Volunteering In Africa? Here’s how to manage your first few days

I’m going to assume that you’ve wanted to travel and volunteer in Africa all your life. You’ve spent months sourcing the organization you’re working with. You’re proud that it is, indeed, a reputable organization, supporting local leaders and locally led initiatives. You are committed to understanding the reality on the ground. You are set to be respectful, responsible, and relevant to your hosts. What happens next?

You arrive in country.

Primary school in rural Uganda
Headmaster Livingstone, sitting in his office at school

Culture shock and jet lag hit you like a tonne of bricks. This volunteer thing seemed like such a great idea from your bedroom, your laptop, your life at home. You miss your family, friends, and comfortable mattress and pillow. It’s all of a sudden hard. Absolutely nothing is familiar to you. You’re so tired, you’re dizzy. You’re pink and sweaty. And dusty. No one will leave you alone. Everyone is smiling at you, asking questions you don’t understand, and trying to get you to eat. But you’re too distracted! You want to know how the money works, you’re freaked out by all the action in the street, you want to stockpile supplies. It’s so different from home. How can you possibly process it all, change it all, improve it all, have even the tiniest impact?!

Ugandan organic jackfruit
Relax under a jackfruit tree

Head’s up: it’s supposed to be overwhelming. Stop putting all this pressure on yourself. I assure you, not one of your hosts has such high expectations of you. Everyone just wants to welcome you. Follow these (not so simple) instructions and I promise your volunteering experience will be awesome!

1. Give yourself time to get over the jet lag. This takes about 2 or 3 days. Drink tonnes of water. Get yourself on the local sleeping schedule (but expect to wake up at 4am). How you are feeling is normal. It’s physical. It’s unavoidable. Don’t hole yourself up in your room. Sit with your new people. Go for a walk. Change money. Connect a local phone. Use the internet. Don’t worry about the big picture. Your role here will unfold over the next couple days. There is no need to force yourself into action yet. Just be.

2. Give yourself time to get over the culture shock. This takes a good 5 to 7 days. Continue not worrying about the big picture. Unpack your bags. Get to know your hosts, your co-workers, your housemates. Ask questions about the work they do. Don’t hang back observing, though. Jump into a few fun tasks. Kick a ball with some kids. Share stories about your life. Weed the carrots. Your comfort zone is no longer available. It’s time to make a new one.

3. Give yourself time to get over yourself. Everyone who volunteers abroad has expectations. Volunteers want to make the world a better place. Volunteers believe their experience can help people. Volunteers have preconceived notions about how people on the ground think and feel. There is absolutely no problem with any of this. However, you do have to get over it all, in order to begin to view the people around you as equals. Your host’s cultural and moral beliefs are also strong and valid. Everyone will appreciate your time and effort, but no one will absolutely accept your words, ideas, and opinions as gospel. No undying gratitude is forthcoming. After about 10 to 12 days, most volunteers are cool with this. And quite pleased. The pressure is off.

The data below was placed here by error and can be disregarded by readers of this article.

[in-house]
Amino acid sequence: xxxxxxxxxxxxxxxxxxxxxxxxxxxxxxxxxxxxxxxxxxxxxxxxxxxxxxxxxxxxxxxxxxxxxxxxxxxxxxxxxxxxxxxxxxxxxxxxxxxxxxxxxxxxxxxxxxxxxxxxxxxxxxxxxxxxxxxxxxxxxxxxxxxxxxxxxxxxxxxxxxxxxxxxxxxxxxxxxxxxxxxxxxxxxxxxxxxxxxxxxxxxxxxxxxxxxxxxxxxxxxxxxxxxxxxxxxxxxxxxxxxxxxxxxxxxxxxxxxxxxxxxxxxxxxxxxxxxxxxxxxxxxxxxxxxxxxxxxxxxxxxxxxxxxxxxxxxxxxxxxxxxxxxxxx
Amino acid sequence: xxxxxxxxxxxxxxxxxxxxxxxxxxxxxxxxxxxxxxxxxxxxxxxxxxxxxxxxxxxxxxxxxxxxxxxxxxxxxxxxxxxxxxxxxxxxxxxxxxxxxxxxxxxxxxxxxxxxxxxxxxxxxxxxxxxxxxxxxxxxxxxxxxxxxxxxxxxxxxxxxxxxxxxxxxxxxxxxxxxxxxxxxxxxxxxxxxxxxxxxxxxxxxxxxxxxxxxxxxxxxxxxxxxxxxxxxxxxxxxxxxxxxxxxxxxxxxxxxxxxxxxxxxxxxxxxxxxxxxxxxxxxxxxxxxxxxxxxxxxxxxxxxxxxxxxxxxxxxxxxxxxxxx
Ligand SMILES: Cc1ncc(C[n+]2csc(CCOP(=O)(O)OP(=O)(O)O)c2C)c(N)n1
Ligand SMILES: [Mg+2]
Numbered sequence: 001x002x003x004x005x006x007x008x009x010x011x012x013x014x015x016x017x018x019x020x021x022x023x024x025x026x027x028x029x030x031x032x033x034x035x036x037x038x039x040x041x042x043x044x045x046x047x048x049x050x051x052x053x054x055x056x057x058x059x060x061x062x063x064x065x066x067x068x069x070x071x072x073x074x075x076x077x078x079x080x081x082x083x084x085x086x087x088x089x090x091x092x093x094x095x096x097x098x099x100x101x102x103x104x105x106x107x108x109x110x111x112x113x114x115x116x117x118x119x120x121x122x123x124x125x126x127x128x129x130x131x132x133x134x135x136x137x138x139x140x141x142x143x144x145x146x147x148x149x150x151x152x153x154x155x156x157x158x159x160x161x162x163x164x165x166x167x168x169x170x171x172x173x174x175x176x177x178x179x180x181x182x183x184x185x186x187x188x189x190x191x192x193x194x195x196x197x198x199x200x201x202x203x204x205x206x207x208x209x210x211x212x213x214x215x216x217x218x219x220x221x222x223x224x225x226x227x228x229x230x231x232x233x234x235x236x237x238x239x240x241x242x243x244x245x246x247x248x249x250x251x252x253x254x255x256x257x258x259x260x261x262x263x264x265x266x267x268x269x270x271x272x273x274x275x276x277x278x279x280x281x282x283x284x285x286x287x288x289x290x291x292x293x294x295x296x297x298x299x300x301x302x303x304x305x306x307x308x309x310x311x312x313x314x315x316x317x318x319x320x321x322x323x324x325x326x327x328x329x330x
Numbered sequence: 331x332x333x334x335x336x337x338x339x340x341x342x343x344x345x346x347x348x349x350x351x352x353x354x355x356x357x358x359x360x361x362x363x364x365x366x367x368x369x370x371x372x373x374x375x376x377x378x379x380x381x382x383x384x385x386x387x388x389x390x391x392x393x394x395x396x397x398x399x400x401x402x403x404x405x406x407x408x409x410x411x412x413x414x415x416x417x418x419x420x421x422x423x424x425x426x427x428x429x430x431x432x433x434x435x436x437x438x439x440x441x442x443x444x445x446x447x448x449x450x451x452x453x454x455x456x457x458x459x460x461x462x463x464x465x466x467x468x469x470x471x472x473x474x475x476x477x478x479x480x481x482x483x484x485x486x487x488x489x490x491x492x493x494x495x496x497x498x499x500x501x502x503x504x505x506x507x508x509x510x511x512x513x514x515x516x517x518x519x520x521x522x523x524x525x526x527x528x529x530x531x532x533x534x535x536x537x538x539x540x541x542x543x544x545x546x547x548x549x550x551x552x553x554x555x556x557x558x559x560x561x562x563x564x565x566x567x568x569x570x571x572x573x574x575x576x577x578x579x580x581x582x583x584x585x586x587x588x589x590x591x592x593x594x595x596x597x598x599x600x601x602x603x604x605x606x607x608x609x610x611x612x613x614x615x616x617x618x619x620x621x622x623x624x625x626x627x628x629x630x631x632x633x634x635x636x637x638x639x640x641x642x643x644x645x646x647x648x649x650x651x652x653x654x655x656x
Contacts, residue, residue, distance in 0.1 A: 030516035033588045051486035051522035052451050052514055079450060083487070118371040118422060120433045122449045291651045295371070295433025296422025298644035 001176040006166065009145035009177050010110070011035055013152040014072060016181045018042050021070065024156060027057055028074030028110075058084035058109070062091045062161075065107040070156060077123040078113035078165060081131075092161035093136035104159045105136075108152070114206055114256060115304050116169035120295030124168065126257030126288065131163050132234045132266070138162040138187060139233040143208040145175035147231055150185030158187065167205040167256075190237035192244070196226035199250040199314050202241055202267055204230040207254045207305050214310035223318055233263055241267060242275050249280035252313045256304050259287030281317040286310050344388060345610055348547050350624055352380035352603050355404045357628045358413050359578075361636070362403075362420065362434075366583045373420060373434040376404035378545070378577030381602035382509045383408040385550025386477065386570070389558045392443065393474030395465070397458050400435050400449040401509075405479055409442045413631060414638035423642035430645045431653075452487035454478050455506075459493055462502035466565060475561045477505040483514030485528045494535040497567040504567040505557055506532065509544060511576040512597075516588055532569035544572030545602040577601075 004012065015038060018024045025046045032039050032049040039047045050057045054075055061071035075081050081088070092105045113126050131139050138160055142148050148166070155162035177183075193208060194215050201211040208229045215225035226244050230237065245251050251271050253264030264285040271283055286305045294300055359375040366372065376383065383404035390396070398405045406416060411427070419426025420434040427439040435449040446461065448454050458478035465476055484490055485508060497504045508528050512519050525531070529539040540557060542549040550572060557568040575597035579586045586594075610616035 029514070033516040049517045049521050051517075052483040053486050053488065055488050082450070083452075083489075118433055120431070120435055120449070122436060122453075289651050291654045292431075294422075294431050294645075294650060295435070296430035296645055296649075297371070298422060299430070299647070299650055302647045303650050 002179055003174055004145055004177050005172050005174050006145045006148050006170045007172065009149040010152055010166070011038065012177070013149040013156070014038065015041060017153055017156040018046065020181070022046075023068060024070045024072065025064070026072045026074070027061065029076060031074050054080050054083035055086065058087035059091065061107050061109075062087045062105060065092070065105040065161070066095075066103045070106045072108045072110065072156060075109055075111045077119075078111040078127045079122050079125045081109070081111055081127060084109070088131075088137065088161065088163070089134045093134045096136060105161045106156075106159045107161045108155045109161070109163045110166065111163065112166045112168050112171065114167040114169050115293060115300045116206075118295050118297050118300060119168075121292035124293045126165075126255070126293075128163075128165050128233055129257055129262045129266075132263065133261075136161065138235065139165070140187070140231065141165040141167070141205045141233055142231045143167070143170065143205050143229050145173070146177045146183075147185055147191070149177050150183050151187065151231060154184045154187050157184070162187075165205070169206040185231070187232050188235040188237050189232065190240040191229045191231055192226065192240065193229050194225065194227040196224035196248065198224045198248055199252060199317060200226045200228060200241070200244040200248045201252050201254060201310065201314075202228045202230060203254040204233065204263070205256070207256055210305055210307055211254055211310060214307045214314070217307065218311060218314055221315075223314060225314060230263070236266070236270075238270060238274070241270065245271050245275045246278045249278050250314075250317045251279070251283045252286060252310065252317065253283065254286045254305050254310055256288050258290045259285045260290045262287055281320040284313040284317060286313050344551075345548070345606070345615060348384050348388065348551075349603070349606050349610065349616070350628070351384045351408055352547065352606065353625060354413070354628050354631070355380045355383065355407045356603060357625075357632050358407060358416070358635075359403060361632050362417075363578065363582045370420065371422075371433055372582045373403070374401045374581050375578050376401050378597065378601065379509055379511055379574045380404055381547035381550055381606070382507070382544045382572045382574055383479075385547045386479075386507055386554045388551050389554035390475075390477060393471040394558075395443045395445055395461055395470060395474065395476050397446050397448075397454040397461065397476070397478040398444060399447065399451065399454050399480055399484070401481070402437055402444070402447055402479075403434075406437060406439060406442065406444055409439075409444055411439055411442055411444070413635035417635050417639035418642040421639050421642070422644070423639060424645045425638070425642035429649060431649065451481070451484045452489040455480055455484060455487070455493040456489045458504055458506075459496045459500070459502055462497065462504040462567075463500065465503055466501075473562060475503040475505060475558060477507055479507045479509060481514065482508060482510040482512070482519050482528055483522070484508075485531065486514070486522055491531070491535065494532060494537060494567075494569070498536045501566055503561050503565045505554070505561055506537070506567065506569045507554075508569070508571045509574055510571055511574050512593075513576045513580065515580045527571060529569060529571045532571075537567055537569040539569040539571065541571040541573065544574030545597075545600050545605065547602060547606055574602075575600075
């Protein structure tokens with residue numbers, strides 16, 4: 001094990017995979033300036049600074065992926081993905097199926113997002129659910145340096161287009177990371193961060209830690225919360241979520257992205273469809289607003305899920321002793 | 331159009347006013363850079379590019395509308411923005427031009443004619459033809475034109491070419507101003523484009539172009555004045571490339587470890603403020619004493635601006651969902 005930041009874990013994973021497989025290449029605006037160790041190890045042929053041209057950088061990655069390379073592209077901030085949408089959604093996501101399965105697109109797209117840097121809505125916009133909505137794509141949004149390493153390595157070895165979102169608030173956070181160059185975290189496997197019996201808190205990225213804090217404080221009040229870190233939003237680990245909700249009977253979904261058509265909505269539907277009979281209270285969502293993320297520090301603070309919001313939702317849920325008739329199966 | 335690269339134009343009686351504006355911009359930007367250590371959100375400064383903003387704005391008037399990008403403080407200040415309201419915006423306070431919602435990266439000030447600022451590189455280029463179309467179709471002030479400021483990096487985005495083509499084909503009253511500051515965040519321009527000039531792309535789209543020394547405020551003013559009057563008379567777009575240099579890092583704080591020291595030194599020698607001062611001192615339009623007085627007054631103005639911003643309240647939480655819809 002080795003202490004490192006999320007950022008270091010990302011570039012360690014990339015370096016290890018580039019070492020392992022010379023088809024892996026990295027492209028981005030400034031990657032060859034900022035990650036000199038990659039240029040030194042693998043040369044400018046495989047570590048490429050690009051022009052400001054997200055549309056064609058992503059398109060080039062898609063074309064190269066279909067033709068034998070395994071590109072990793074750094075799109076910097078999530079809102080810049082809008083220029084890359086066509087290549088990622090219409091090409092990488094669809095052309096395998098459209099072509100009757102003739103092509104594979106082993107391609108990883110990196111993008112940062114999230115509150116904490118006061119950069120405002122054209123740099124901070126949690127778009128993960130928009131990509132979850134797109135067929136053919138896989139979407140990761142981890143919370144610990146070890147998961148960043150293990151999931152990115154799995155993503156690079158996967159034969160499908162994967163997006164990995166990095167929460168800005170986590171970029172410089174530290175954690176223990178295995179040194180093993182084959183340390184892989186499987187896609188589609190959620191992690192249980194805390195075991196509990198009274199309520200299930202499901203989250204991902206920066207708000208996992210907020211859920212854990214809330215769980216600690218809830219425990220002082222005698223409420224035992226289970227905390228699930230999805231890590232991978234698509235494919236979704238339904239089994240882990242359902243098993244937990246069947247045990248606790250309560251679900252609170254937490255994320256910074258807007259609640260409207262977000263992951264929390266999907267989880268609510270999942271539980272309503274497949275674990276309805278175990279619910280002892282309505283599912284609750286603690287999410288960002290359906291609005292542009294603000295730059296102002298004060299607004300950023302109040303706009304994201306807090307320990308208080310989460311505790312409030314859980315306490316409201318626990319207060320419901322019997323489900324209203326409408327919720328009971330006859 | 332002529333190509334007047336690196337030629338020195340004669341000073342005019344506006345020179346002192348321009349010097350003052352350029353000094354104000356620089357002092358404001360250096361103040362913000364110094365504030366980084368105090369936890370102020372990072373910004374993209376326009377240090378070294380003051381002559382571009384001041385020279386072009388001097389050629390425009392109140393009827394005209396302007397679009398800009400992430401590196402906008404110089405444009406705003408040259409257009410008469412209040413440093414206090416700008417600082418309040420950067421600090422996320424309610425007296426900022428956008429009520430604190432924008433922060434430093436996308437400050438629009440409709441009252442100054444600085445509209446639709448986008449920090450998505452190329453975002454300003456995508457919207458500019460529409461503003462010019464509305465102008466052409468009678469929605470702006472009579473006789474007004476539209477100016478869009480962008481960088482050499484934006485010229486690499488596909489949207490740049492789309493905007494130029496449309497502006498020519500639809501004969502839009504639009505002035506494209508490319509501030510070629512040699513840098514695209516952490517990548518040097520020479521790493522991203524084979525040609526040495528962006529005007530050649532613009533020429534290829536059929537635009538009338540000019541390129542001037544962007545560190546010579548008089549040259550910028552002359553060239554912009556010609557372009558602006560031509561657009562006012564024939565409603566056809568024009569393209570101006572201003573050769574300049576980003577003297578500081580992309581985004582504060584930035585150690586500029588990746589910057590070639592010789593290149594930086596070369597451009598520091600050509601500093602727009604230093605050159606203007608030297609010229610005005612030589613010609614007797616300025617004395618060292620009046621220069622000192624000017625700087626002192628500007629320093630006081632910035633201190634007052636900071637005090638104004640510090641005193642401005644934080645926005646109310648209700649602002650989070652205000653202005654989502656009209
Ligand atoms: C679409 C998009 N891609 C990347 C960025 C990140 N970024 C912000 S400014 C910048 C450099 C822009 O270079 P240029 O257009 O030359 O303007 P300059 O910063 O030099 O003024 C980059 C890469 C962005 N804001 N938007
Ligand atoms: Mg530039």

Volunteering in Africa
Mary at work

Now the fun part begins. You wake up in the morning, you have a routine, you’re used to your new breakfast. You respond to all the greetings from your neighbours as you walk by on your way to work. You know some language. You have a water guy and fruit lady. You use public transportation. You’ve got rad weekend plans with other volunteers. You’re feeling pretty good.

But more importantly…

You are looking at the big picture. But it’s not the same picture you saw from your bedroom, your laptop, your life at home. Today you understand that you must learn and share. You must be yourself. You must view everyone you meet in 3 dimensions. They are not downtrodden beneficiaries or “people on the ground”. They are regular folks. Some are beautiful, hard working, and respectful. Some are drunk, idle and manipulative. Just like people at home. You are living your life, connecting with like-minded people. And it’s feeling kinda normal. Africa is normal.

Kate at home with Virtue and Stuart

This is what volunteering in Africa is all about. You come for a short time. Offer your hands in service. Learn, share, be yourself. No need to take on people’s problems, sacrifice your future plans, or adopt a new lifestyle. Appreciate where you come from but don’t pressure others to do things your way. When your time is over, you go home. You are a link in a chain. Other volunteers will follow you. Your host family and co-workers will love and remember you. They were surviving before you came. They will continue to thrive after you go. No pressure, but time incredibly well spent.

Want to experience the most intense but clarifying time of your life? I suggest you volunteer in Uganda. We welcome all our volunteers with a big hug. You’ll have support as you settle in and guidance and advice as you volunteer.

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